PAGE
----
It’s The Ship sailed its biggest cruise a few weeks ago with four thousand passengers from 88 countries and close to 100 performers on its fourth voyage that began in Singapore with a stopover at the bustling island of Phuket in Thailand.
The new route proved to be a blessing for many, myself included. Previous stopovers along the Malaysian coastlines shortened the distance of the cruise, which led to the ship disembarking at 8AM. Arriving at 7.30PM this year allowed us to nurse that nasty hangover and lack of slumber in the last 72 hours.
It also helped that the cabins on Genting Dream Cruise were as luxurious as many five star hotels. That is one of the main reasons I never made it to any sunrise sets this year. Nevertheless, I did successfully clock in long hours of dance floor debaucheries that lasted until the wee hours of the morning.
I have to admit I was a bit apprehensive with this year’s EDM-heavy lineup, especially when most of the names were unfamiliar to me. Having said that, ITS always aims to take their passengers out of their comfort zones, and they succeeded once again in 2017.
I walked in and out through the mainstage, the Zouk indoor club and its outdoor arena, which was dubbed the Anchor Stage, looking for the perfect spot to park myself on the first night. While I was genuinely entertained watching India’s favourite bass artist, Nucleya, combining dubstep and drum & bass elements with traditional music, I did feel a bit restless standing amongst the hordes of people at the mainstage.
I then decided to give the Anchor Stage another go to catch DJ Sliink’s set. Having been out of touch with the urban music scene in the last couple of years, I was blown away with the OWSLA DJ’s set instantaneously. I bounced, grinded and even twerked to an amazing set that combined elements of hip hop, R&B, soul, trap and everything good that represented urban music. It wasn’t just the typical 90s R&B, and hip hop that most local clubs prefer to play—it was refreshing! I never realised how caught up I’ve been in the world of house, techno and drum & bass in the last five years, missing out on what’s been going outside of that spectrum. Some call it future bass but it wasn’t easy to define. Whatever it is, I stuck with that vibe throughout the cruise.
Day two was undoubtedly the best amongst the three. After last night I was definitely not going to miss the Block Party at the Sportsplex. Despite great music from Joe Flizzow, SonaOne, Thaitanium, Bangkok Invaders and Twopee, nothing beat DJ Craze’s set at Zouk and the impromptu afterparty set at the Silk Road theatre. It was a special occasion for the former DMC champion as he celebrated his 40th birthday. He even brought his wife and teenage daughter to help commemorate the milestone.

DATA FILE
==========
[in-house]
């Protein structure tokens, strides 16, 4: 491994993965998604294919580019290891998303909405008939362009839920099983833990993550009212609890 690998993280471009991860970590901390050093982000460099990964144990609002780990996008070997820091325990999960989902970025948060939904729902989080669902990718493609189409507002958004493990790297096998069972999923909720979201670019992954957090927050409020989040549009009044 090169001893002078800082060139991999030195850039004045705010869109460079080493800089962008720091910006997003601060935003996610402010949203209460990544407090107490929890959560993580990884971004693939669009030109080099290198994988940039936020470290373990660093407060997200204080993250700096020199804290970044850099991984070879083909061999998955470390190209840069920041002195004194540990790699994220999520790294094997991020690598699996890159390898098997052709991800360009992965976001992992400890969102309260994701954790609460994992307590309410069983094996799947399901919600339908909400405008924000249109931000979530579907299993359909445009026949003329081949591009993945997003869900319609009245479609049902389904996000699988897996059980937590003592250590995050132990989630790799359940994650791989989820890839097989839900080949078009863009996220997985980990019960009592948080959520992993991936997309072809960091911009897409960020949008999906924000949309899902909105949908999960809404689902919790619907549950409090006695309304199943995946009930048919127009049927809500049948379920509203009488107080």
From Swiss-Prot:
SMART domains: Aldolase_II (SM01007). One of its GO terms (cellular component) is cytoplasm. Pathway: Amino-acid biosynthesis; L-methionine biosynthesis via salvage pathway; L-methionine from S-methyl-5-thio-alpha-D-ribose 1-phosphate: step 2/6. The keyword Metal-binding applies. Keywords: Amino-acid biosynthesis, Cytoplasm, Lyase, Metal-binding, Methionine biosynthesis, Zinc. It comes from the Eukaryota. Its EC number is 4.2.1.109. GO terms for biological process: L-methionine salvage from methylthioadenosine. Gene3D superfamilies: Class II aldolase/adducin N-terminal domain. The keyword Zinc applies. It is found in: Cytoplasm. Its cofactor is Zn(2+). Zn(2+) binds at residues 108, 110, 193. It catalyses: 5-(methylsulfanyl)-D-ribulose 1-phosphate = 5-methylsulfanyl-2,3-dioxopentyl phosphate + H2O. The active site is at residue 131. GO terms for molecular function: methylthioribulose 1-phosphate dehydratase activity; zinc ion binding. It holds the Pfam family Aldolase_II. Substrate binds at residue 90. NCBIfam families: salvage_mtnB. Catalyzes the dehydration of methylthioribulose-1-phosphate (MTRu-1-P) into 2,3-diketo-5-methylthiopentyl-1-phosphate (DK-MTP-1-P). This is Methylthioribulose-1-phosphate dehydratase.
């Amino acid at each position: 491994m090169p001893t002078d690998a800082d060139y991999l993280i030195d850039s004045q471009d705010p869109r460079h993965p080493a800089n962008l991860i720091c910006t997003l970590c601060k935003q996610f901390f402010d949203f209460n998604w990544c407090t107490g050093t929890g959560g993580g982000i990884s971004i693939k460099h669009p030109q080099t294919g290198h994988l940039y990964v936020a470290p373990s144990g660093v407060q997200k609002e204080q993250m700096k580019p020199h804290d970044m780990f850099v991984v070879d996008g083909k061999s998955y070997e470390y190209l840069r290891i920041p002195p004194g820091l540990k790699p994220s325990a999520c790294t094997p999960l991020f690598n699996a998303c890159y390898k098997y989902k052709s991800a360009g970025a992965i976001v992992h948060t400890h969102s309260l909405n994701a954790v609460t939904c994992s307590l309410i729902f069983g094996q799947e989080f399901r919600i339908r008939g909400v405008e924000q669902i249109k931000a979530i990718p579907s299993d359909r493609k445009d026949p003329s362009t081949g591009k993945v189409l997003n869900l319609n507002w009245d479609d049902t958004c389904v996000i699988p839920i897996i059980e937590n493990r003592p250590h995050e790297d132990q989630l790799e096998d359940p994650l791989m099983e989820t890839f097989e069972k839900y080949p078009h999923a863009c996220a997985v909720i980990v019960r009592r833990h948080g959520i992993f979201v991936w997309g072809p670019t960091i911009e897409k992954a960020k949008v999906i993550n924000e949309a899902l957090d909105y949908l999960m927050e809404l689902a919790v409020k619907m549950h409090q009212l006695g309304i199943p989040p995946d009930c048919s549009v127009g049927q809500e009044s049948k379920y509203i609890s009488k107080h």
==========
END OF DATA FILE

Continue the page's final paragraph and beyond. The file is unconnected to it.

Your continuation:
I am also proud to say I popped my Chippendales cherry that night. Four of them, including the dance troupe’s favourite celebrity guest, Tyson Beckford, gave us all a great half an hour teaser of their infamous Las Vegas male striptease show. Beckford, who was also this year’s “captain,” was obviously the star of the show, but we’ll stop there because what happens at a Chippendales show stays sacred for those who were present.
I continued my quest for beats, bass and a whole lot of soul on the final night with impressive sets by the Los Angeles based Japanese DJ and producer StarRo and Dutch sensation Jarreau Vandal. I wasn’t a huge fan before, but I am at the borderline of becoming a huge fangirl of both of them now.
Needless to say, I had another musically fulfilling cruise this year as I reignited my love with the world of beats, bass and everything deliciously soulful. One can just hope that
It’s The Ship will stick to their ever changing music policy for next year. Until then, I’ll be savouring memories of bouncing to Cardi B’s “Bodak Yellow” for the millionth time on the Genting Dream Cruise.
Images by All Is Amazing and Colossal Photos